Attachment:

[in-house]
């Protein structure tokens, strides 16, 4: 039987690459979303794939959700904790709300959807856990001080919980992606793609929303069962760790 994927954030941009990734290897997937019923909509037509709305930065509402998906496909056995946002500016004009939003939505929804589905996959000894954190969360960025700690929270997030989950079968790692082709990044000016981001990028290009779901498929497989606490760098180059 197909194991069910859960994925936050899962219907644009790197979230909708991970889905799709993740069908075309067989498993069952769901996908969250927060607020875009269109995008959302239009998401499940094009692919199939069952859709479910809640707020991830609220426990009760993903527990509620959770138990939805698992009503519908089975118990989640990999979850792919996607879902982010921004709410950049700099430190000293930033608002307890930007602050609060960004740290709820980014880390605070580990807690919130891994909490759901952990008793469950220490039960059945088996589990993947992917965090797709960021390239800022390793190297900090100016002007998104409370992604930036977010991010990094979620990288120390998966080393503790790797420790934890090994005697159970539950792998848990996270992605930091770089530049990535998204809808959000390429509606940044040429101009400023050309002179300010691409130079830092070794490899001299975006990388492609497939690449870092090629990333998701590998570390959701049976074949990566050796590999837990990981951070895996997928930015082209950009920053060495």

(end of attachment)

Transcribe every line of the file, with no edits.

[in-house]
């Protein structure tokens, strides 16, 4: 039987690459979303794939959700904790709300959807856990001080919980992606793609929303069962760790 994927954030941009990734290897997937019923909509037509709305930065509402998906496909056995946002500016004009939003939505929804589905996959000894954190969360960025700690929270997030989950079968790692082709990044000016981001990028290009779901498929497989606490760098180059 197909194991069910859960994925936050899962219907644009790197979230909708991970889905799709993740069908075309067989498993069952769901996908969250927060607020875009269109995008959302239009998401499940094009692919199939069952859709479910809640707020991830609220426990009760993903527990509620959770138990939805698992009503519908089975118990989640990999979850792919996607879902982010921004709410950049700099430190000293930033608002307890930007602050609060960004740290709820980014880390605070580990807690919130891994909490759901952990008793469950220490039960059945088996589990993947992917965090797709960021390239800022390793190297900090100016002007998104409370992604930036977010991010990094979620990288120390998966080393503790790797420790934890090994005697159970539950792998848990996270992605930091770089530049990535998204809808959000390429509606940044040429101009400023050309002179300010691409130079830092070794490899001299975006990388492609497939690449870092090629990333998701590998570390959701049976074949990566050796590999837990990981951070895996997928930015082209950009920053060495």